The genesis of “water terracing” emerged in the process of designing a solution to the heretofore perceived unmanageability of floodwaters emanating from the ongoing uncontrolled growth of Devils Lake, the largest freshwater lake in North Dakota and one of the two largest “closed basin” lakes in the United States of America. At this time, the lake has an estimated 1,000-mile perimeter that continues to grow. Thousands of acres of developed land, including hundreds of buildings and two entire towns, have been demolished. The lake has quadrupled in size over the past twenty years, and it is predicted to cause greater problems throughout the next ten years. Downstream communities may be lost—Valley City was forced to evacuate 6,300 residents in 2009.

    Prior to the water-terracing proposal, the focus has been on getting water out of the lake and out of the area, through the use of pumps directing water out and into a flood-control channel. A second channel, proposed by others for the eastern shore, would help reduce the water level; however, that solution requires “relaxing” water-quality standards downstream, adversely affecting not only southeastern North Dakota and Minnesota but also the province of Manitoba in Canada. Exorbitant costs are already being incurred for electricity to continuously run pumps that keep the water level in check by only one inch.

    Before we conceived of “water terracing” as an effective and permanent solution, it seemed that removal of the water in various directions and through use of various means was the only viable solution. The problem as posed via a news publication was: how to address the flooding “…in the most efficient, cost-effective, and least environmentally destructive manner.” Water terracing achieves each of those objectives, and more, because it also retains all water that collects in that area and creates a tourist-attracting visual effect. To a degree, stacked pond-sets serve as solar evaporation pools. Once filled, solar-power may be adequate to operate pumps to keep them filled with filtered water that can be further processed, piped, and locally packaged or trucked elsewhere.

    Prior to the concept of “water terracing,” it is ironic that the expansion of such an important natural resource could only be perceived negatively. The prize will enable us to help guide development/implementation and promote and share this solution in other areas of the world facing similar challenges.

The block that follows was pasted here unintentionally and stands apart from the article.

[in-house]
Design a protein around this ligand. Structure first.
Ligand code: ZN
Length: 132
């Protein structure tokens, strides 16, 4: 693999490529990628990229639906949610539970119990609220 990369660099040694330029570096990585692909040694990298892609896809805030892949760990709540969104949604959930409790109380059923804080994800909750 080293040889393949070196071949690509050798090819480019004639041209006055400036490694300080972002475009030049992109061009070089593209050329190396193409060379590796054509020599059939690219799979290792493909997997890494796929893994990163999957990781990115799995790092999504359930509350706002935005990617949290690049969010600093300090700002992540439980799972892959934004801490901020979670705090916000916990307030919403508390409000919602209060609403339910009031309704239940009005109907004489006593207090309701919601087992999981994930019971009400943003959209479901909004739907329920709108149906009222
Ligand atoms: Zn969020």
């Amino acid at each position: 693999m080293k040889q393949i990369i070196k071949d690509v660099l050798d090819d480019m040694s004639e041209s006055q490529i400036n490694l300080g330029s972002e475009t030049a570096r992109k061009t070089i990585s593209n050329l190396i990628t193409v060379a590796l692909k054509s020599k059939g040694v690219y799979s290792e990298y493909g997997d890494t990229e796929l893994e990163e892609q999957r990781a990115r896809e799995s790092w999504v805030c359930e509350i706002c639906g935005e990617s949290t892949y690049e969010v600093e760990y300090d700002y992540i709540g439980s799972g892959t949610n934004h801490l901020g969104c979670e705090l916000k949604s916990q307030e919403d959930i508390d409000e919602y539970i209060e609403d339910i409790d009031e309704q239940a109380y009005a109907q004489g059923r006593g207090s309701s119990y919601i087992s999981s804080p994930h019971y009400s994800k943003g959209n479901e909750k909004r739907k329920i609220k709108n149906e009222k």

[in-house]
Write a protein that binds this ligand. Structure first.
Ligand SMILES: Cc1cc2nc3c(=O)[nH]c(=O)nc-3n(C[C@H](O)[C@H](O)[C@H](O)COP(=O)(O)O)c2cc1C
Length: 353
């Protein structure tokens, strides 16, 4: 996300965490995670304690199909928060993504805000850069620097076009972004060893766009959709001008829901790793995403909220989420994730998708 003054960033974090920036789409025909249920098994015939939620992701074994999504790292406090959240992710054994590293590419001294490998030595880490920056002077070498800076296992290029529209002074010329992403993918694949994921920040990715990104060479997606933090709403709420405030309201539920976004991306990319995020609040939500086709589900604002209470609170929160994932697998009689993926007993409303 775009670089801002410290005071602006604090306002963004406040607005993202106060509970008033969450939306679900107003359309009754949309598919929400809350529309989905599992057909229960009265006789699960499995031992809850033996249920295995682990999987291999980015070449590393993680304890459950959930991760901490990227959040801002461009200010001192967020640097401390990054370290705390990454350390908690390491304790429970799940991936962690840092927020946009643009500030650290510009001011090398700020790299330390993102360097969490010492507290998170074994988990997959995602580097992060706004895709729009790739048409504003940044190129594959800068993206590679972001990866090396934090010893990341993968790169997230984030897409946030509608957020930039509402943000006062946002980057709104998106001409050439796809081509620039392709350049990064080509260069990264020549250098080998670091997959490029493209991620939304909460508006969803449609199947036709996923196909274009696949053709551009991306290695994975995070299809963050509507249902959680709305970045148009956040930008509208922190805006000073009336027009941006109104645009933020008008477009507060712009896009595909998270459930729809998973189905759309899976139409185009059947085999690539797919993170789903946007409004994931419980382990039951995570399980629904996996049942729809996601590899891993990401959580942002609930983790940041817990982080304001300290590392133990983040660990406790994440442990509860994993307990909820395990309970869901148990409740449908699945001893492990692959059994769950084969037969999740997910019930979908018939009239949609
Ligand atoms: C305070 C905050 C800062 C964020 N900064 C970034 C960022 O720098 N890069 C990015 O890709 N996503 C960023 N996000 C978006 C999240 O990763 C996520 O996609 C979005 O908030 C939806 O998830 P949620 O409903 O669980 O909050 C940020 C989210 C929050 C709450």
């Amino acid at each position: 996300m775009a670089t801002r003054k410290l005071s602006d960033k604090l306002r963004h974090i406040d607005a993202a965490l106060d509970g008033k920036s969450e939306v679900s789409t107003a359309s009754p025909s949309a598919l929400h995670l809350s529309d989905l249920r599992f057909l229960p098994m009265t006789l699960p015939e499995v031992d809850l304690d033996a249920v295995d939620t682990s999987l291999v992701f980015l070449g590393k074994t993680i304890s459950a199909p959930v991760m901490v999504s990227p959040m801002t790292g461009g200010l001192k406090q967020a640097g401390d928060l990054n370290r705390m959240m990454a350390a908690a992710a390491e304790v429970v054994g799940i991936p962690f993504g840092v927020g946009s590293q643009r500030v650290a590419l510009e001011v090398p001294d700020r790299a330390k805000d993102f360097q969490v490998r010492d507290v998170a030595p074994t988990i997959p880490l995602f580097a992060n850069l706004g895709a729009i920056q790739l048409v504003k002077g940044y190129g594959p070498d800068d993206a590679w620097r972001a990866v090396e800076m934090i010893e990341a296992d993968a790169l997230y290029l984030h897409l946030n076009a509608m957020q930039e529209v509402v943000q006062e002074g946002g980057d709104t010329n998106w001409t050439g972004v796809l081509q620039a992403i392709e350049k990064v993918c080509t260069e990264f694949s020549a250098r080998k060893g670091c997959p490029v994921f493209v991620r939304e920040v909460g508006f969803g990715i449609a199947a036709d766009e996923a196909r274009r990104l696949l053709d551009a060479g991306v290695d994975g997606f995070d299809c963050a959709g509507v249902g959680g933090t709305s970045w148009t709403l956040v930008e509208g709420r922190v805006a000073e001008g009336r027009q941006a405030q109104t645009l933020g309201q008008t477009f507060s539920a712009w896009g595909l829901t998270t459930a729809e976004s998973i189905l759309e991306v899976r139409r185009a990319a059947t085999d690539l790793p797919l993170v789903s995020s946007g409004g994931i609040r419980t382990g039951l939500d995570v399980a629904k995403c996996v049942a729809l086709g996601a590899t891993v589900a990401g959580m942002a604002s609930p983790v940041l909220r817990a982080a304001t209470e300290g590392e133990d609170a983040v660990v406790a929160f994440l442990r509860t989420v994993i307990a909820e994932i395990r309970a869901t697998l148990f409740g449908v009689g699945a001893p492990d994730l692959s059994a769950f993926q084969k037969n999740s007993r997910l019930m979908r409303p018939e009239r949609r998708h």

“Water Conservation and Flood Control,” is submitted by:

    D. Alan Eastwood
    PluribusOne™ Consulting, LLC
    7 Carriage House Court
    Hyde Park, NY 12538-1505

    845-264-4903 (blog)

    A biographical sketch appears in several editions of Who’s Who in America, and details are presented at the company blog-site shown above. To be brief here, in 1991, after a 20-year career as a bank officer, I began research that led to my invention of a system called Noetitek™, which is based on principles of Nature, and to my establishing the new science of Enhanced Human Perception™. Those initiatives led me to develop numerous perception-enhancing meta-tools that have proven valuable in facilitating new discoveries, solving problems, and identifying opportunities in any field. About 150 examples of the system’s application are posted at the blog-site.

    This submission to the “St. Andrews Prize for the Environment” panel does not contain unacknowledged material. It is original work. It is the property of the author and his company: PluribusOne™ Consulting, LLC. The above document has not been published elsewhere. However, material about the solution has been published at the company blog in a post titled “The Solution at Devils Lake,” as well as in an unsolicited proposal to the governor of North Dakota.